This past week a massive phishing scam impacted millions of Google users. You may have seen this email. Clicking "open" gave a hacker access to your address book and email, allow them to send the same email to everyone in your address book.
While annoying, this attack wasn't terribly malicious. The hacker did NOT get your password - they just sent out a LOT of emails.
This issue is a good reminder that we need to be vigilant when working on the web.
How can you protect your Google Account?
1. Think before you click - the original email looks nothing like a normal Google Drive email. That should have been the first clue.
Bonus tip: If you share a file with someone via Google Drive, I strongly encourage you to write a short note explaining why you are sharing the file. This will help your recipient verify that you are the one sharing this file with them.
2. Don't just click "allow." For most of us, this is a familiar screen, but don't just click "allow."Make sure you know who you are giving your account information to. In the Docs phishing scam, clicking the "open" button prompted the user to give access to an app called "Google Docs." This is suspicious because you don't have to give Docs permission before you can view a file.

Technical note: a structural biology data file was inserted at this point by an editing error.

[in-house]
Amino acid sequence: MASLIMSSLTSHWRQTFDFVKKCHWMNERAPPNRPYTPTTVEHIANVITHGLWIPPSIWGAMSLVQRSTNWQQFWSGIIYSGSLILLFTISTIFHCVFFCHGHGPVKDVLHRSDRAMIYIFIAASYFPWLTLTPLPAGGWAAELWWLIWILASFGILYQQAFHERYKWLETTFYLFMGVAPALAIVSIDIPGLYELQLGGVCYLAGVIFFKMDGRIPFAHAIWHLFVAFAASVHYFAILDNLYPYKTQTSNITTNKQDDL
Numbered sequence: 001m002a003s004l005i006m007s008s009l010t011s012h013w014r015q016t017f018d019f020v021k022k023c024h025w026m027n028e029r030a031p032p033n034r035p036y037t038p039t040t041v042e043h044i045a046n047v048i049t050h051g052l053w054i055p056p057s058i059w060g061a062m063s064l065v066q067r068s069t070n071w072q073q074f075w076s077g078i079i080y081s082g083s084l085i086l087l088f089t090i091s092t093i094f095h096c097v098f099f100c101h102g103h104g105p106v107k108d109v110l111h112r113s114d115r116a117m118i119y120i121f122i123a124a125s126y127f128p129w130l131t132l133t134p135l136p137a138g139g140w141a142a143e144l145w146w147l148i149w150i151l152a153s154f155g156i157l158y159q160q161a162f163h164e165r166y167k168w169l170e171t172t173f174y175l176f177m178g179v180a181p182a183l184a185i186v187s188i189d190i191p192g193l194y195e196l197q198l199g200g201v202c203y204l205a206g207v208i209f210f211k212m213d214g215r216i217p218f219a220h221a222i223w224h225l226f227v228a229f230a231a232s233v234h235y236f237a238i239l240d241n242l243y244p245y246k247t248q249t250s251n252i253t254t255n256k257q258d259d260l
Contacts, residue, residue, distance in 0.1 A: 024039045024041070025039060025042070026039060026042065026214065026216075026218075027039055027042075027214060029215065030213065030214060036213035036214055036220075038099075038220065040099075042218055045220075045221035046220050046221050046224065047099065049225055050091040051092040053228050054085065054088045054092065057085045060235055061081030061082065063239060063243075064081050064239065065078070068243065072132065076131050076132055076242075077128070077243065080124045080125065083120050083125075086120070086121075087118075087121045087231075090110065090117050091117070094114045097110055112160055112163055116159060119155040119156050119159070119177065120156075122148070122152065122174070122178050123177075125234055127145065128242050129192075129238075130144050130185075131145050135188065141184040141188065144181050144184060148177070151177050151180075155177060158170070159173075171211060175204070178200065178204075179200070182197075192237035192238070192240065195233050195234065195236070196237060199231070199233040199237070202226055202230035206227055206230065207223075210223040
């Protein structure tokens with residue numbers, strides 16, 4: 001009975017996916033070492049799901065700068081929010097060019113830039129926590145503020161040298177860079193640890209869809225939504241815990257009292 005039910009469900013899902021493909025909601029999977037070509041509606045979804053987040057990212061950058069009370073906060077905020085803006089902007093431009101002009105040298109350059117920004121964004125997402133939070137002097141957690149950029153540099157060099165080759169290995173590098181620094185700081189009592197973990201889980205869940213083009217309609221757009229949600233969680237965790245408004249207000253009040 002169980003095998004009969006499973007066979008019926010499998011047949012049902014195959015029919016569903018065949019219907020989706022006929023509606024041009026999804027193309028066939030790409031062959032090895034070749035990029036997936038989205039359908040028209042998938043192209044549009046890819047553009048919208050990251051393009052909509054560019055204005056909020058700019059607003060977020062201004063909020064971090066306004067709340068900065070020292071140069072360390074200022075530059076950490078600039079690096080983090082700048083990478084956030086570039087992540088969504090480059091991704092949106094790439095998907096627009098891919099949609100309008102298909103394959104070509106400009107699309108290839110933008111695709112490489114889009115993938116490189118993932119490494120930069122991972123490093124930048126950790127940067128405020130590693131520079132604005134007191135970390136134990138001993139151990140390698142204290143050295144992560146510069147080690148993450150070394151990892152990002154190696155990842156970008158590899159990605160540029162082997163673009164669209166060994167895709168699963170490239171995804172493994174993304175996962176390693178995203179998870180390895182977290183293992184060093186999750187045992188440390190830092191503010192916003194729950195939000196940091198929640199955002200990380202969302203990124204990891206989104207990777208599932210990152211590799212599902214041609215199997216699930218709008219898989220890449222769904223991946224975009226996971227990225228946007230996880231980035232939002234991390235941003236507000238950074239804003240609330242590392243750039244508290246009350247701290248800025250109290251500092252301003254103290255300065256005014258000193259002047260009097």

my account). Remove any apps or extensions that you no longer use.
To review the services that are connected to your Google Account, click here.
Issues like the Google Docs phishing scam are bound to happen. It will happen again. Make sure you learn how to secure your personal information and follow appropriate security practices. What are these practices? Check out the series of posts that I wrote on data security for teachers: